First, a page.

How Much Do Birds Weigh When They Are Flying?

At a truck stop, I watched a trailer-truck driver banging fiercely on the sides of his trailer with a baseball bat. When I asked him what he was doing, he explained, “My rig is a thousand pounds overweight. I’m hauling two thousand pounds of pigeons, and so I’ve got to keep half of them in the air at all times.” Okay, so it’s a joke, but would that really work?

A very old joke indeed, but with an intriguing scientific hook.

No, it wouldn’t work.

Think of it this way. The trailer is a box full of stuff. The box weighs so many pounds. Can banging on it possibly change its weight, whether it happens to be filled with gold bricks, sand, goose feathers, pigeons, or butterflies? Obviously not. The weight of a collection of material is the sum-total of the weights of the molecules in it, no matter how you rearrange them.

But what throws many people is the fact that airborne butterflies and pigeons are not resting on the floor, like other kinds of cargo. So how can their weight be transmitted to a scale that an inspector might place beneath the truck?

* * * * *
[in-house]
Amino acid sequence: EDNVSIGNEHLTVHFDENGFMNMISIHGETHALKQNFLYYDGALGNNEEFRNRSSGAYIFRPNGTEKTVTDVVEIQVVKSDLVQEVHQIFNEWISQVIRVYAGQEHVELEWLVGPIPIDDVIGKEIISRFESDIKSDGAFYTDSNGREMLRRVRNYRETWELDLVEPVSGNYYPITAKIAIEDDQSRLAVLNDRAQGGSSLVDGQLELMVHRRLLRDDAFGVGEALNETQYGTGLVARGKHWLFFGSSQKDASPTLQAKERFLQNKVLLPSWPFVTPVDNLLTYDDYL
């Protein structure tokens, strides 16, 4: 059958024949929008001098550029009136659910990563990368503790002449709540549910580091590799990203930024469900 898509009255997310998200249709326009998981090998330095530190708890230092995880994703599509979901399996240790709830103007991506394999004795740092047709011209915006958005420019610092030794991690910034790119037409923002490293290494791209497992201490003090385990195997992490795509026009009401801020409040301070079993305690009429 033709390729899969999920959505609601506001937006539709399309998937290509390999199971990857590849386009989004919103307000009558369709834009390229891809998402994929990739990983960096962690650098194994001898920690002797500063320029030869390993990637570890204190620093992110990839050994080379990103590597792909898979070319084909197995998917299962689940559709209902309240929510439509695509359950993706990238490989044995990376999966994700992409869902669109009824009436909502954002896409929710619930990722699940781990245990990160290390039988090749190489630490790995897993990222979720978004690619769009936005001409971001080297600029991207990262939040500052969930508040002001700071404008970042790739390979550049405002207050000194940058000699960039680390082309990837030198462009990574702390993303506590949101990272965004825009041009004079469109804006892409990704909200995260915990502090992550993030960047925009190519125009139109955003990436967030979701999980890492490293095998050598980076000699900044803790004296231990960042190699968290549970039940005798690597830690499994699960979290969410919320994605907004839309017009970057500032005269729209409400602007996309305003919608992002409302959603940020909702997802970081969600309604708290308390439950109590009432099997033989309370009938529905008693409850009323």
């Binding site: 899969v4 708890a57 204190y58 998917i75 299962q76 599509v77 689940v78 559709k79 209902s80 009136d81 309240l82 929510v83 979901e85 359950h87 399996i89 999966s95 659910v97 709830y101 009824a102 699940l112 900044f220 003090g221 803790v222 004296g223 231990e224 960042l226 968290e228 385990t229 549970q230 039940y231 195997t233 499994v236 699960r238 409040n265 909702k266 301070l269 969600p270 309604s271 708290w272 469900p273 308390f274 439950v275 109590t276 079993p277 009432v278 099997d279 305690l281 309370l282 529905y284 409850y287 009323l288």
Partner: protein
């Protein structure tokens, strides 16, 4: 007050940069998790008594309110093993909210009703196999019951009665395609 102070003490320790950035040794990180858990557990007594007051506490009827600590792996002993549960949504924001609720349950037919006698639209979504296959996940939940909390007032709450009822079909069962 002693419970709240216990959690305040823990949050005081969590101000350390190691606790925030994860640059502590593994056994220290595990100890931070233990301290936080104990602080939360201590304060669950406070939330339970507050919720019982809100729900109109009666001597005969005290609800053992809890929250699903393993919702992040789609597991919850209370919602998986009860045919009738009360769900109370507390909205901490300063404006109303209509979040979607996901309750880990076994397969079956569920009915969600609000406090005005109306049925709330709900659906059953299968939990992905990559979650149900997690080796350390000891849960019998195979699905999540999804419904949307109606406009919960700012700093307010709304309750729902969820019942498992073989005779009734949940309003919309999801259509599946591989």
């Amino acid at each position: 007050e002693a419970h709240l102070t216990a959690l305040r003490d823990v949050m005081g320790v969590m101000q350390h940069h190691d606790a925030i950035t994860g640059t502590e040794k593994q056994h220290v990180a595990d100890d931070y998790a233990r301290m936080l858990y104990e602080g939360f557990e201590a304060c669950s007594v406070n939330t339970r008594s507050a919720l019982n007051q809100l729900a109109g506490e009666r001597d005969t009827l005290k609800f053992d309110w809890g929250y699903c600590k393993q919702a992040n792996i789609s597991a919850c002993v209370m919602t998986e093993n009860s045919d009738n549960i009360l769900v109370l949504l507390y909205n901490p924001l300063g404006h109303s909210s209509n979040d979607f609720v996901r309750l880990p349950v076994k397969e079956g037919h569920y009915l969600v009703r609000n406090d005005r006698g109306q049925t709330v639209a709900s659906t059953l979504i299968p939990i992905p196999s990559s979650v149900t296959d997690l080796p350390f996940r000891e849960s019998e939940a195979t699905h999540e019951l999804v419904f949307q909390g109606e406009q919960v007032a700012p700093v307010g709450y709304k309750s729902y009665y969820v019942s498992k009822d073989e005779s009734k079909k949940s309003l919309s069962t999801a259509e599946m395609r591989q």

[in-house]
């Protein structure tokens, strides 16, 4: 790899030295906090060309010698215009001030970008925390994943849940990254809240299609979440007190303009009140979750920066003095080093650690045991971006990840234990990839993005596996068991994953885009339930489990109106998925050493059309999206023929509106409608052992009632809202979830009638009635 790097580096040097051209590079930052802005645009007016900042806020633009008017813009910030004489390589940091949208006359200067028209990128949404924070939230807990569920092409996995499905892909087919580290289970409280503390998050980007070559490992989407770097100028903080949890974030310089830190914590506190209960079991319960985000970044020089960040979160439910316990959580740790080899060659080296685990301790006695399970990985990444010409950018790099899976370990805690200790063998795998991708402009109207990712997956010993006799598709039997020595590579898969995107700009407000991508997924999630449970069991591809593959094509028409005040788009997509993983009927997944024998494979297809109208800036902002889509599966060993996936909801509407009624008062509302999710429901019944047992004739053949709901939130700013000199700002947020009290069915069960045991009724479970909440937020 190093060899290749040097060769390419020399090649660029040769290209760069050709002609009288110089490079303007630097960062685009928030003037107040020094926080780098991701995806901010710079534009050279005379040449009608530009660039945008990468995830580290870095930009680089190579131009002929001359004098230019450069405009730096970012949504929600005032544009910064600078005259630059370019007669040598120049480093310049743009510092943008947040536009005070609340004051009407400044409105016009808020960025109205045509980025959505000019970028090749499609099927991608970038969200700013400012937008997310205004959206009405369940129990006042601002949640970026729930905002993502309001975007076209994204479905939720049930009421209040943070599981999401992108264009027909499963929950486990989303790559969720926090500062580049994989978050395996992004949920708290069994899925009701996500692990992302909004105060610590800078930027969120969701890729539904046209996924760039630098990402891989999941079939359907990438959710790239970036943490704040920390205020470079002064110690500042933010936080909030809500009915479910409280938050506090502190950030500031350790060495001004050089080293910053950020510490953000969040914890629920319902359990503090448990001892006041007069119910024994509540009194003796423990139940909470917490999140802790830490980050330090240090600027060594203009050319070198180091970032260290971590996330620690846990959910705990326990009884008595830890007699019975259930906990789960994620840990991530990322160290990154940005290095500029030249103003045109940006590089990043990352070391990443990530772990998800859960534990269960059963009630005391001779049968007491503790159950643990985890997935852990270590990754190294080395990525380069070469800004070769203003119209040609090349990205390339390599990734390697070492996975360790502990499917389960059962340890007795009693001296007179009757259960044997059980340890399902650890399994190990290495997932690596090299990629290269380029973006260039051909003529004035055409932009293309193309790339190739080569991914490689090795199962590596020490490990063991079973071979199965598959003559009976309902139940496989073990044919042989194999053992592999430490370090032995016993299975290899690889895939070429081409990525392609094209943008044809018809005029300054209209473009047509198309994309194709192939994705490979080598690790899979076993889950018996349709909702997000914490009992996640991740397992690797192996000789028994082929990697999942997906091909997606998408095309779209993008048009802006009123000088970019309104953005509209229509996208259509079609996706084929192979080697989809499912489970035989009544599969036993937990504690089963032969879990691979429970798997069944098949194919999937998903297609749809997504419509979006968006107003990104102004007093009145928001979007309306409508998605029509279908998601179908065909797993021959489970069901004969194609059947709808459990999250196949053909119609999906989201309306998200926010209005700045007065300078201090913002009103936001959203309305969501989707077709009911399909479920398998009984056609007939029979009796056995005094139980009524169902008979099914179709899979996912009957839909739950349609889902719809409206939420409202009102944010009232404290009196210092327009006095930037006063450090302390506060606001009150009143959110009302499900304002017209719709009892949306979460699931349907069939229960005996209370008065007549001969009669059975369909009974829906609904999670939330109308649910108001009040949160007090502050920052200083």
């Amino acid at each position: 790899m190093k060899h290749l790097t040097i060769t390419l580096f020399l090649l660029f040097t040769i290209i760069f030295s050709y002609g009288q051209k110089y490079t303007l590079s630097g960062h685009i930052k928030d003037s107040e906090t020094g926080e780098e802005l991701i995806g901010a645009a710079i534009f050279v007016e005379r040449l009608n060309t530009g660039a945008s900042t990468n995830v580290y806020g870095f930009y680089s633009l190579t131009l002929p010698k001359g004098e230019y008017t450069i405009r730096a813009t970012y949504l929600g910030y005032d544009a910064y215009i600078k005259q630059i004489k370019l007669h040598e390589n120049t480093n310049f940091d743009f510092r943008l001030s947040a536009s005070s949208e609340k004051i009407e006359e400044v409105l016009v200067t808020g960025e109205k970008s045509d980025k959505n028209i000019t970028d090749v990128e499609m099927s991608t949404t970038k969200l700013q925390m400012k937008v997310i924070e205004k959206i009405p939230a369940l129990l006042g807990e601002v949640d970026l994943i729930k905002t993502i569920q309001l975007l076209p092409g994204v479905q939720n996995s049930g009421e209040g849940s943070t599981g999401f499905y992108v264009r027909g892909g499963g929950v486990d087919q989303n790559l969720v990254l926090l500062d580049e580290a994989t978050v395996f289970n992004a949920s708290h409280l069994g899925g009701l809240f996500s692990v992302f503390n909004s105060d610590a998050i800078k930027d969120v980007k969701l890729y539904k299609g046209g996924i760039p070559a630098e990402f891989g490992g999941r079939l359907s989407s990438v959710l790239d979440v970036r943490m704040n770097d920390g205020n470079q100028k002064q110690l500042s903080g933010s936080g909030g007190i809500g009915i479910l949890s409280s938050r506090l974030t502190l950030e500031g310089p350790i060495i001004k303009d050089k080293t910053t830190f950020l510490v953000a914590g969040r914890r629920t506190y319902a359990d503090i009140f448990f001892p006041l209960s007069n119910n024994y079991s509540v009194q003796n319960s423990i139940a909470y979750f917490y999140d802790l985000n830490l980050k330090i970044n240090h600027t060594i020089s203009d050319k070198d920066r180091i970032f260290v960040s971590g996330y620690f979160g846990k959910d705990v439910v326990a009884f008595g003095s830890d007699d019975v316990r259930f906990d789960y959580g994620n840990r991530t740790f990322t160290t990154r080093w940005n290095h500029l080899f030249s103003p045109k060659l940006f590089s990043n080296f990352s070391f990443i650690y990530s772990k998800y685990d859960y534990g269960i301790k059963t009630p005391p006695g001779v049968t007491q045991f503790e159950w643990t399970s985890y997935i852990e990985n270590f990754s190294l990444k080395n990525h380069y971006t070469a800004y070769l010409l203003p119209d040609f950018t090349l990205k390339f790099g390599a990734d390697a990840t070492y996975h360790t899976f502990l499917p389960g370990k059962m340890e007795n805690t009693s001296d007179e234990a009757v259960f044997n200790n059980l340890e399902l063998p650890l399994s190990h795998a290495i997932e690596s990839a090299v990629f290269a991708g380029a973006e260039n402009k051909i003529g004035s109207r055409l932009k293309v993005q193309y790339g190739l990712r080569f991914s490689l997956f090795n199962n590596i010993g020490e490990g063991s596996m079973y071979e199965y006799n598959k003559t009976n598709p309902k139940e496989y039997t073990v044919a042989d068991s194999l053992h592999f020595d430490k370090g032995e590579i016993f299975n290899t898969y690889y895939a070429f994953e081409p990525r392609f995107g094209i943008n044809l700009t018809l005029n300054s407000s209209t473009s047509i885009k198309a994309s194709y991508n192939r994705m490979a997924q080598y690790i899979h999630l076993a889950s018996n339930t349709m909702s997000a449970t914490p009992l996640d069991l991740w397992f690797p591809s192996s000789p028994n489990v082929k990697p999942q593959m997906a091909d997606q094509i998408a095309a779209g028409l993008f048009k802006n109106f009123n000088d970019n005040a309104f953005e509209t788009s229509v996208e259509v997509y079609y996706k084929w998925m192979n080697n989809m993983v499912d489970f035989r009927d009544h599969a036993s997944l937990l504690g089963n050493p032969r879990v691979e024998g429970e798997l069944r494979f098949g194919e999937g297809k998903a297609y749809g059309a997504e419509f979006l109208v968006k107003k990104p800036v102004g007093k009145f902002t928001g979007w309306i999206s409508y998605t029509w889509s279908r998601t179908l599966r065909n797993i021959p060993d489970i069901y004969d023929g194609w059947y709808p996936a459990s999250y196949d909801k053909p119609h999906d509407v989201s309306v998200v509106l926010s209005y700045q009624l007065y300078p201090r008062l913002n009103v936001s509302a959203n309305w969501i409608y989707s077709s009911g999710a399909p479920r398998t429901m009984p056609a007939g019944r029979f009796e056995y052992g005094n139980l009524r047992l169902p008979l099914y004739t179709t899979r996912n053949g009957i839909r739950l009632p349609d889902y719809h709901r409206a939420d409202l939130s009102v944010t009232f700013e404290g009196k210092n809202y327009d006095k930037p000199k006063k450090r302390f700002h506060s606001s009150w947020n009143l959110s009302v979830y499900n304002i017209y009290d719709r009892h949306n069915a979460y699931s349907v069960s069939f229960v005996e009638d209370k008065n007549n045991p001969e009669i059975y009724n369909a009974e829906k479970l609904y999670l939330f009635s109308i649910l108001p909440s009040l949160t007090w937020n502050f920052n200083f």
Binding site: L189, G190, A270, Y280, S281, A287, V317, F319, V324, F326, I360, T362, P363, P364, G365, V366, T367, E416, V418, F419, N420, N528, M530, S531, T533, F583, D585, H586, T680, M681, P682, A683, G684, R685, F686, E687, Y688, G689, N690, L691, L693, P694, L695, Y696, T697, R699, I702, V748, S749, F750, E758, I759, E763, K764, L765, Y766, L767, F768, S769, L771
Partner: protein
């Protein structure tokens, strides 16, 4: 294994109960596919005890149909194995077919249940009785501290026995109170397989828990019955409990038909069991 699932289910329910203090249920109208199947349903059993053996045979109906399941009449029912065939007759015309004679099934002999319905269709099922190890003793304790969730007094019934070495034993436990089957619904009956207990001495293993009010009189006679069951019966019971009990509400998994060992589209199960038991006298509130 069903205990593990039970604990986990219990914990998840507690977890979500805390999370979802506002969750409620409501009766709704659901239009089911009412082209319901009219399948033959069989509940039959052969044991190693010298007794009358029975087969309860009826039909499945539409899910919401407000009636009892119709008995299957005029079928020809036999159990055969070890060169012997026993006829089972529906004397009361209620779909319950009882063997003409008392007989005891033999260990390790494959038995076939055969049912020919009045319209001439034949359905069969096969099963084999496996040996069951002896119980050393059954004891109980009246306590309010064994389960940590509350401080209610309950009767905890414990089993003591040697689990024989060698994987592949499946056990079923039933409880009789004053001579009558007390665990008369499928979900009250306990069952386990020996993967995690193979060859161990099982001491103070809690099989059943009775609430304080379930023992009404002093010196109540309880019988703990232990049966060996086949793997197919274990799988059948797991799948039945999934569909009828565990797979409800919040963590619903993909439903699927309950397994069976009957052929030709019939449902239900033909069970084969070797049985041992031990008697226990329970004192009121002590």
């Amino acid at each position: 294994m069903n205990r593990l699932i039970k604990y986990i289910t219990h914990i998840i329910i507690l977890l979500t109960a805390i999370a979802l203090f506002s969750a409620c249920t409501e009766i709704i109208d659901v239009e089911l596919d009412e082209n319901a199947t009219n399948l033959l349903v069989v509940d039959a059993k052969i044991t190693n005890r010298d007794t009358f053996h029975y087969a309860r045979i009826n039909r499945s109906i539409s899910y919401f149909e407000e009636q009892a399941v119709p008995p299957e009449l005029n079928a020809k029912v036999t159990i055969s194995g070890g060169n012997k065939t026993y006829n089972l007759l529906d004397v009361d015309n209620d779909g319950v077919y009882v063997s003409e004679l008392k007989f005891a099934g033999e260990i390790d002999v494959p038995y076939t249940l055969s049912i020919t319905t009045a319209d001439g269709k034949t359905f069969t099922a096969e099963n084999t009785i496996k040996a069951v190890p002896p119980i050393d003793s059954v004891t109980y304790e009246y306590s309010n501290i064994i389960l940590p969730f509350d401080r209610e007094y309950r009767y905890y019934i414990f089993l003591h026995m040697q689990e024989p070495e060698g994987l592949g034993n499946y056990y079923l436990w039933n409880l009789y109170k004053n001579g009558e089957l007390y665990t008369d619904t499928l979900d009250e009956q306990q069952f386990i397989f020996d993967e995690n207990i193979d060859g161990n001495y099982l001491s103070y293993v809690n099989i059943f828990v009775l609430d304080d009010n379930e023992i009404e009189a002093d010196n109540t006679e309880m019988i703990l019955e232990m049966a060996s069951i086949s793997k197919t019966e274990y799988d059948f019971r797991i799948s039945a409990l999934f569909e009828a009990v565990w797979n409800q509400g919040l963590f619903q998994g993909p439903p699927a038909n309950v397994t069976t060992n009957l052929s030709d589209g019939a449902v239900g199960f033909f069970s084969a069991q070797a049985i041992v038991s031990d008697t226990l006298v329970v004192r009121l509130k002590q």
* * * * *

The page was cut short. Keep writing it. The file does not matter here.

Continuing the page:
Through the air.

Air is, after all, a substance, albeit a thin and invisible one. It is made of molecules like everything else, and it therefore has weight: 1.16 ounces for each cubic foot at sea level, to be specific. The terrified pigeon who is catapulted into unplanned flight stays up in the air by repeatedly pushing down upon the air with its wings. (This is an oversimplification of bird flight, but it will do.)

When the wing presses down upon the air, the push is transmitted, molecule by molecule, throughout the air. (You would be able to feel the breeze if you were there, wouldn’t you?) The pressed-upon air in turn presses upon everything it is in contact with, including the walls, floor, and ceiling of the trailer. The pigeon’s wing-push force therefore remains completely within the trailer and doesn’t change its effect upon a scale.

But, you might say, when the pigeon takes off, doesn’t it push down on the floor of the trailer, making it instantaneously heavier, instead of lighter? And even after the pigeon is in the air, don’t its downward wing thrusts constitute an extra downward force on the trailer via the air, again making it instantaneously heavier?

Right on both counts. But according to Sir Isaac Newton, every action has an equal and opposite reaction. Thus the downward push on the trailer is exactly cancelled by an equal upward push on the pigeon. Come to think of it, that’s why it flaps its wings in the first place.

Perhaps what the truck driver should have done was to install a drain in the floor, introduce a cat into the trailer, and drain out the pigeon sweat as it accumulated.

No, pigeons don’t sweat.

About Karen Hill

Karen Hill is a freelance writer, editor, and columnist. Born in New York, her work has appeared in the Examiner, Yahoo News, Buzzfeed, among others.

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